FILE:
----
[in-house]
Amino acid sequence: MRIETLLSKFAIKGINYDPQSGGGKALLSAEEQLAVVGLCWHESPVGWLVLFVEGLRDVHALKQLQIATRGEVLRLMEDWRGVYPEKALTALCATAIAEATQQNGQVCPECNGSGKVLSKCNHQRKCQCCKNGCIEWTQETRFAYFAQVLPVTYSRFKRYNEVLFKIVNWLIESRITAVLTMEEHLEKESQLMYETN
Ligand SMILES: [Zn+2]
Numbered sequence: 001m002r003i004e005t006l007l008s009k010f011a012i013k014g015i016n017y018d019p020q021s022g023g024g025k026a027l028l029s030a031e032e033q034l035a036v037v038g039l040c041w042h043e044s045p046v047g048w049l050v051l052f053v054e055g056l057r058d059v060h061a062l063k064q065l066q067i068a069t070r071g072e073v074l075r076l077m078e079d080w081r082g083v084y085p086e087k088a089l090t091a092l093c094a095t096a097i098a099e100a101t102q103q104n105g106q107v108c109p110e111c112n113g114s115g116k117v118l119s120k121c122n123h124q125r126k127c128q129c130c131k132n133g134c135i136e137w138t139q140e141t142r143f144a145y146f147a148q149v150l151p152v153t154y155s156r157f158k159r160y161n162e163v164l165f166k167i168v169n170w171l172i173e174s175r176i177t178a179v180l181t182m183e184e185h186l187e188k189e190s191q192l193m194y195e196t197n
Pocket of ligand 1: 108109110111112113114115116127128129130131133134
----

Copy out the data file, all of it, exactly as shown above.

[in-house]
Amino acid sequence: MRIETLLSKFAIKGINYDPQSGGGKALLSAEEQLAVVGLCWHESPVGWLVLFVEGLRDVHALKQLQIATRGEVLRLMEDWRGVYPEKALTALCATAIAEATQQNGQVCPECNGSGKVLSKCNHQRKCQCCKNGCIEWTQETRFAYFAQVLPVTYSRFKRYNEVLFKIVNWLIESRITAVLTMEEHLEKESQLMYETN
Ligand SMILES: [Zn+2]
Numbered sequence: 001m002r003i004e005t006l007l008s009k010f011a012i013k014g015i016n017y018d019p020q021s022g023g024g025k026a027l028l029s030a031e032e033q034l035a036v037v038g039l040c041w042h043e044s045p046v047g048w049l050v051l052f053v054e055g056l057r058d059v060h061a062l063k064q065l066q067i068a069t070r071g072e073v074l075r076l077m078e079d080w081r082g083v084y085p086e087k088a089l090t091a092l093c094a095t096a097i098a099e100a101t102q103q104n105g106q107v108c109p110e111c112n113g114s115g116k117v118l119s120k121c122n123h124q125r126k127c128q129c130c131k132n133g134c135i136e137w138t139q140e141t142r143f144a145y146f147a148q149v150l151p152v153t154y155s156r157f158k159r160y161n162e163v164l165f166k167i168v169n170w171l172i173e174s175r176i177t178a179v180l181t182m183e184e185h186l187e188k189e190s191q192l193m194y195e196t197n
Pocket of ligand 1: 108109110111112113114115116127128129130131133134